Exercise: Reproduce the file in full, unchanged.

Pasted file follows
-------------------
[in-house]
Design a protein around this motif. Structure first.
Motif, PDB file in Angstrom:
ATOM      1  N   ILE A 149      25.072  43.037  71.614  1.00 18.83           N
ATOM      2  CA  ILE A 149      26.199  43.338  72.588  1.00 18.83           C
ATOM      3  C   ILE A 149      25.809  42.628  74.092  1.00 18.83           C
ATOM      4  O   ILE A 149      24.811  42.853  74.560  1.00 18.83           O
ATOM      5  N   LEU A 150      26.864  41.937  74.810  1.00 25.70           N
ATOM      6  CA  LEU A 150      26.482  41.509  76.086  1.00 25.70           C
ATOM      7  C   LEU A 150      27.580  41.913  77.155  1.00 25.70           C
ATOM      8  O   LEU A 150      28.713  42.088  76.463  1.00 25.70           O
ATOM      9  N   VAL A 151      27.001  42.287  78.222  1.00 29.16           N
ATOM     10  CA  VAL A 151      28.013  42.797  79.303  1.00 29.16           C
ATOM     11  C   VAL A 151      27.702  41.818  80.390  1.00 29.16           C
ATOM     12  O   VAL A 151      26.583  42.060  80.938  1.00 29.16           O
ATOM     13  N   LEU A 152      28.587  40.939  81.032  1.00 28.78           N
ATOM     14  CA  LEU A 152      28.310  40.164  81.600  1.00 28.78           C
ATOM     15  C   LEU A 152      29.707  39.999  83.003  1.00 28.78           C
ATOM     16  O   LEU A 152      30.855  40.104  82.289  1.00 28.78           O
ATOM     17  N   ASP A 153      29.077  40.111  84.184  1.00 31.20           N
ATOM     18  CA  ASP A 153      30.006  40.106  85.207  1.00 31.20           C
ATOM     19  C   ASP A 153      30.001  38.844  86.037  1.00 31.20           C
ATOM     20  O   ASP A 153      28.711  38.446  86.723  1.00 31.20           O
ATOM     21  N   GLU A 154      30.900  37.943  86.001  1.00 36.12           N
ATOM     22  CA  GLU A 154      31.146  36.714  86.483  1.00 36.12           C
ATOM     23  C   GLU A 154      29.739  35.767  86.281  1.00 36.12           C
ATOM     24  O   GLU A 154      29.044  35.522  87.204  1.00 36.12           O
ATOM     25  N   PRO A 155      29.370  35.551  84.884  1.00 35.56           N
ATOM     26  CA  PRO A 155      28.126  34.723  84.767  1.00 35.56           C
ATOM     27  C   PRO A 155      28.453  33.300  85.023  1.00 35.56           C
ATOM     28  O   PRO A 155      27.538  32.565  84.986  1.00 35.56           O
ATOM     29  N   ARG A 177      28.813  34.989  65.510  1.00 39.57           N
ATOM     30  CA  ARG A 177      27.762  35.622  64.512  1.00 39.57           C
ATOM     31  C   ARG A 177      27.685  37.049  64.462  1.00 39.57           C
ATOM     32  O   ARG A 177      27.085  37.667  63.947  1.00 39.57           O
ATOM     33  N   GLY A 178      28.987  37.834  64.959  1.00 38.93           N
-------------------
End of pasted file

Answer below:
[in-house]
Design a protein around this motif. Structure first.
Motif, PDB file in Angstrom:
ATOM      1  N   ILE A 149      25.072  43.037  71.614  1.00 18.83           N
ATOM      2  CA  ILE A 149      26.199  43.338  72.588  1.00 18.83           C
ATOM      3  C   ILE A 149      25.809  42.628  74.092  1.00 18.83           C
ATOM      4  O   ILE A 149      24.811  42.853  74.560  1.00 18.83           O
ATOM      5  N   LEU A 150      26.864  41.937  74.810  1.00 25.70           N
ATOM      6  CA  LEU A 150      26.482  41.509  76.086  1.00 25.70           C
ATOM      7  C   LEU A 150      27.580  41.913  77.155  1.00 25.70           C
ATOM      8  O   LEU A 150      28.713  42.088  76.463  1.00 25.70           O
ATOM      9  N   VAL A 151      27.001  42.287  78.222  1.00 29.16           N
ATOM     10  CA  VAL A 151      28.013  42.797  79.303  1.00 29.16           C
ATOM     11  C   VAL A 151      27.702  41.818  80.390  1.00 29.16           C
ATOM     12  O   VAL A 151      26.583  42.060  80.938  1.00 29.16           O
ATOM     13  N   LEU A 152      28.587  40.939  81.032  1.00 28.78           N
ATOM     14  CA  LEU A 152      28.310  40.164  81.600  1.00 28.78           C
ATOM     15  C   LEU A 152      29.707  39.999  83.003  1.00 28.78           C
ATOM     16  O   LEU A 152      30.855  40.104  82.289  1.00 28.78           O
ATOM     17  N   ASP A 153      29.077  40.111  84.184  1.00 31.20           N
ATOM     18  CA  ASP A 153      30.006  40.106  85.207  1.00 31.20           C
ATOM     19  C   ASP A 153      30.001  38.844  86.037  1.00 31.20           C
ATOM     20  O   ASP A 153      28.711  38.446  86.723  1.00 31.20           O
ATOM     21  N   GLU A 154      30.900  37.943  86.001  1.00 36.12           N
ATOM     22  CA  GLU A 154      31.146  36.714  86.483  1.00 36.12           C
ATOM     23  C   GLU A 154      29.739  35.767  86.281  1.00 36.12           C
ATOM     24  O   GLU A 154      29.044  35.522  87.204  1.00 36.12           O
ATOM     25  N   PRO A 155      29.370  35.551  84.884  1.00 35.56           N
ATOM     26  CA  PRO A 155      28.126  34.723  84.767  1.00 35.56           C
ATOM     27  C   PRO A 155      28.453  33.300  85.023  1.00 35.56           C
ATOM     28  O   PRO A 155      27.538  32.565  84.986  1.00 35.56           O
ATOM     29  N   ARG A 177      28.813  34.989  65.510  1.00 39.57           N
ATOM     30  CA  ARG A 177      27.762  35.622  64.512  1.00 39.57           C
ATOM     31  C   ARG A 177      27.685  37.049  64.462  1.00 39.57           C
ATOM     32  O   ARG A 177      27.085  37.667  63.947  1.00 39.57           O
ATOM     33  N   GLY A 178      28.987  37.834  64.959  1.00 38.93           N